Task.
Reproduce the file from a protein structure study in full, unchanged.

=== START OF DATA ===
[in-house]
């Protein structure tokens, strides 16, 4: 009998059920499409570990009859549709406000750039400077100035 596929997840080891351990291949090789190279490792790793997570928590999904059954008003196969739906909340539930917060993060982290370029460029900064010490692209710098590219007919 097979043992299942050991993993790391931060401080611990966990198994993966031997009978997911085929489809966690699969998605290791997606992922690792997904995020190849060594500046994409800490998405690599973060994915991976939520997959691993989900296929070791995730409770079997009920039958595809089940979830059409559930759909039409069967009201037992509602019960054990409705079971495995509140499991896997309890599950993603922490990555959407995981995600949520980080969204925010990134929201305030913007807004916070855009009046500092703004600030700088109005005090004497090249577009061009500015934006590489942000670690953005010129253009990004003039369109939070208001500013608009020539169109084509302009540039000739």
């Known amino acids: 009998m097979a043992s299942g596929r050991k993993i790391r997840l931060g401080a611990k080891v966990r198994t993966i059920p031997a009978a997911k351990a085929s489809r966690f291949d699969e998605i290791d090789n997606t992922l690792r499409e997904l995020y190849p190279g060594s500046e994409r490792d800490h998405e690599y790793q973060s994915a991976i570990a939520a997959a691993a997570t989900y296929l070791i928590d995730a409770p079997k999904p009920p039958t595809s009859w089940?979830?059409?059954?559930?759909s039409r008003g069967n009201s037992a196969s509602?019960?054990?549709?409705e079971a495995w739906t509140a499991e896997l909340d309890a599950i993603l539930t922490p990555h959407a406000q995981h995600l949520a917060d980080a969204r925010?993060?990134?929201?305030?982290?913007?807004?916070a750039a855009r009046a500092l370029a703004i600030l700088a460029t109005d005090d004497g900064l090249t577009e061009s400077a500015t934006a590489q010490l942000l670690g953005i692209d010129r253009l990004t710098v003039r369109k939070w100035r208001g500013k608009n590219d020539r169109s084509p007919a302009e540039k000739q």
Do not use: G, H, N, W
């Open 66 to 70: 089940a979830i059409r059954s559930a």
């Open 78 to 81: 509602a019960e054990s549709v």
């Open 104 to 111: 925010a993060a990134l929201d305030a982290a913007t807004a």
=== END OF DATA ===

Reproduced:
[in-house]
């Protein structure tokens, strides 16, 4: 009998059920499409570990009859549709406000750039400077100035 596929997840080891351990291949090789190279490792790793997570928590999904059954008003196969739906909340539930917060993060982290370029460029900064010490692209710098590219007919 097979043992299942050991993993790391931060401080611990966990198994993966031997009978997911085929489809966690699969998605290791997606992922690792997904995020190849060594500046994409800490998405690599973060994915991976939520997959691993989900296929070791995730409770079997009920039958595809089940979830059409559930759909039409069967009201037992509602019960054990409705079971495995509140499991896997309890599950993603922490990555959407995981995600949520980080969204925010990134929201305030913007807004916070855009009046500092703004600030700088109005005090004497090249577009061009500015934006590489942000670690953005010129253009990004003039369109939070208001500013608009020539169109084509302009540039000739």
């Known amino acids: 009998m097979a043992s299942g596929r050991k993993i790391r997840l931060g401080a611990k080891v966990r198994t993966i059920p031997a009978a997911k351990a085929s489809r966690f291949d699969e998605i290791d090789n997606t992922l690792r499409e997904l995020y190849p190279g060594s500046e994409r490792d800490h998405e690599y790793q973060s994915a991976i570990a939520a997959a691993a997570t989900y296929l070791i928590d995730a409770p079997k999904p009920p039958t595809s009859w089940?979830?059409?059954?559930?759909s039409r008003g069967n009201s037992a196969s509602?019960?054990?549709?409705e079971a495995w739906t509140a499991e896997l909340d309890a599950i993603l539930t922490p990555h959407a406000q995981h995600l949520a917060d980080a969204r925010?993060?990134?929201?305030?982290?913007?807004?916070a750039a855009r009046a500092l370029a703004i600030l700088a460029t109005d005090d004497g900064l090249t577009e061009s400077a500015t934006a590489q010490l942000l670690g953005i692209d010129r253009l990004t710098v003039r369109k939070w100035r208001g500013k608009n590219d020539r169109s084509p007919a302009e540039k000739q």
Do not use: G, H, N, W
């Open 66 to 70: 089940a979830i059409r059954s559930a």
């Open 78 to 81: 509602a019960e054990s549709v």
């Open 104 to 111: 925010a993060a990134l929201d305030a982290a913007t807004a």